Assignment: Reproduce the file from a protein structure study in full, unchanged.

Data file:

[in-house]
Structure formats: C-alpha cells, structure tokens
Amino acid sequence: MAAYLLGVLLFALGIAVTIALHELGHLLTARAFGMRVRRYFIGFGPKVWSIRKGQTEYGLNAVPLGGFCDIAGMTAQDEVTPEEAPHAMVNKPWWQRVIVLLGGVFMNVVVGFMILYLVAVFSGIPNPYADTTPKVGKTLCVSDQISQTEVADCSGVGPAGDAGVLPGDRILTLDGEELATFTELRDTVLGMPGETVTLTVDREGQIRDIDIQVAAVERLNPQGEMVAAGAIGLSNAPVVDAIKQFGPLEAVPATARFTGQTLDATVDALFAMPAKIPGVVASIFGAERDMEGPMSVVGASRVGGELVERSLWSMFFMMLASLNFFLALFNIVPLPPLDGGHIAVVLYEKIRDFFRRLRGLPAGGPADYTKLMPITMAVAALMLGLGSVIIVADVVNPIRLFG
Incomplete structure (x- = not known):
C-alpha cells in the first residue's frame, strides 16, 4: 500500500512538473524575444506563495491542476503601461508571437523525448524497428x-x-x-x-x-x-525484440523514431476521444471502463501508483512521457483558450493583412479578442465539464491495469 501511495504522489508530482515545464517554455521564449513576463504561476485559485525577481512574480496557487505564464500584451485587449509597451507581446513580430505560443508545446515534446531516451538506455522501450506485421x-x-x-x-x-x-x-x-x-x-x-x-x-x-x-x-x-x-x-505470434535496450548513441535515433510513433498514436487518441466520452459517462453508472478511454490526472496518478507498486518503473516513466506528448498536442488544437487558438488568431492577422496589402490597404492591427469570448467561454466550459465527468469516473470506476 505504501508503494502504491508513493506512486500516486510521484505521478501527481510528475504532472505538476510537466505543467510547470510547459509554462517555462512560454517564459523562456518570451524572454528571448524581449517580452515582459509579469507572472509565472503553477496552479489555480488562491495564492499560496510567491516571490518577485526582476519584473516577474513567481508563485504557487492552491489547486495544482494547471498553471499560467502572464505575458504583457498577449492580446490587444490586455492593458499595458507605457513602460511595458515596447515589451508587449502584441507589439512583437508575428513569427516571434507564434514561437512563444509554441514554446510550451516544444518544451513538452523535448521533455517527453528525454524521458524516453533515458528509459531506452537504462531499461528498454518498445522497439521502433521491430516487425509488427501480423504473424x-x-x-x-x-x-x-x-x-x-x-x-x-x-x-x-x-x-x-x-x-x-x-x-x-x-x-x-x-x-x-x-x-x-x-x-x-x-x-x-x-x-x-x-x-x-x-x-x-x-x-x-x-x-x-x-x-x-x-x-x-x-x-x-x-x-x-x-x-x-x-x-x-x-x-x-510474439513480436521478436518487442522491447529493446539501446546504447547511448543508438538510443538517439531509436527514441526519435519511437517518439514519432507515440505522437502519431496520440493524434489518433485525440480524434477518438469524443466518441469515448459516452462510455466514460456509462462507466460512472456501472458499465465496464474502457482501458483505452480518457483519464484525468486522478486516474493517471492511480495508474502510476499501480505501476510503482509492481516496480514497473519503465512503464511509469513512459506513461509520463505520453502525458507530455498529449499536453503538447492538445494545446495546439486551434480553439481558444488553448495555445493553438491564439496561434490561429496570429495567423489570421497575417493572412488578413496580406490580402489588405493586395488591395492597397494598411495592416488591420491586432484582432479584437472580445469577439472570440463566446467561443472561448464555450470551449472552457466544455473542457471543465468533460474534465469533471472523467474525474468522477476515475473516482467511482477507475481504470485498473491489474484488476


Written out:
[in-house]
Structure formats: C-alpha cells, structure tokens
Amino acid sequence: MAAYLLGVLLFALGIAVTIALHELGHLLTARAFGMRVRRYFIGFGPKVWSIRKGQTEYGLNAVPLGGFCDIAGMTAQDEVTPEEAPHAMVNKPWWQRVIVLLGGVFMNVVVGFMILYLVAVFSGIPNPYADTTPKVGKTLCVSDQISQTEVADCSGVGPAGDAGVLPGDRILTLDGEELATFTELRDTVLGMPGETVTLTVDREGQIRDIDIQVAAVERLNPQGEMVAAGAIGLSNAPVVDAIKQFGPLEAVPATARFTGQTLDATVDALFAMPAKIPGVVASIFGAERDMEGPMSVVGASRVGGELVERSLWSMFFMMLASLNFFLALFNIVPLPPLDGGHIAVVLYEKIRDFFRRLRGLPAGGPADYTKLMPITMAVAALMLGLGSVIIVADVVNPIRLFG
Incomplete structure (x- = not known):
C-alpha cells in the first residue's frame, strides 16, 4: 500500500512538473524575444506563495491542476503601461508571437523525448524497428x-x-x-x-x-x-525484440523514431476521444471502463501508483512521457483558450493583412479578442465539464491495469 501511495504522489508530482515545464517554455521564449513576463504561476485559485525577481512574480496557487505564464500584451485587449509597451507581446513580430505560443508545446515534446531516451538506455522501450506485421x-x-x-x-x-x-x-x-x-x-x-x-x-x-x-x-x-x-x-505470434535496450548513441535515433510513433498514436487518441466520452459517462453508472478511454490526472496518478507498486518503473516513466506528448498536442488544437487558438488568431492577422496589402490597404492591427469570448467561454466550459465527468469516473470506476 505504501508503494502504491508513493506512486500516486510521484505521478501527481510528475504532472505538476510537466505543467510547470510547459509554462517555462512560454517564459523562456518570451524572454528571448524581449517580452515582459509579469507572472509565472503553477496552479489555480488562491495564492499560496510567491516571490518577485526582476519584473516577474513567481508563485504557487492552491489547486495544482494547471498553471499560467502572464505575458504583457498577449492580446490587444490586455492593458499595458507605457513602460511595458515596447515589451508587449502584441507589439512583437508575428513569427516571434507564434514561437512563444509554441514554446510550451516544444518544451513538452523535448521533455517527453528525454524521458524516453533515458528509459531506452537504462531499461528498454518498445522497439521502433521491430516487425509488427501480423504473424x-x-x-x-x-x-x-x-x-x-x-x-x-x-x-x-x-x-x-x-x-x-x-x-x-x-x-x-x-x-x-x-x-x-x-x-x-x-x-x-x-x-x-x-x-x-x-x-x-x-x-x-x-x-x-x-x-x-x-x-x-x-x-x-x-x-x-x-x-x-x-x-x-x-x-x-510474439513480436521478436518487442522491447529493446539501446546504447547511448543508438538510443538517439531509436527514441526519435519511437517518439514519432507515440505522437502519431496520440493524434489518433485525440480524434477518438469524443466518441469515448459516452462510455466514460456509462462507466460512472456501472458499465465496464474502457482501458483505452480518457483519464484525468486522478486516474493517471492511480495508474502510476499501480505501476510503482509492481516496480514497473519503465512503464511509469513512459506513461509520463505520453502525458507530455498529449499536453503538447492538445494545446495546439486551434480553439481558444488553448495555445493553438491564439496561434490561429496570429495567423489570421497575417493572412488578413496580406490580402489588405493586395488591395492597397494598411495592416488591420491586432484582432479584437472580445469577439472570440463566446467561443472561448464555450470551449472552457466544455473542457471543465468533460474534465469533471472523467474525474468522477476515475473516482467511482477507475481504470485498473491489474484488476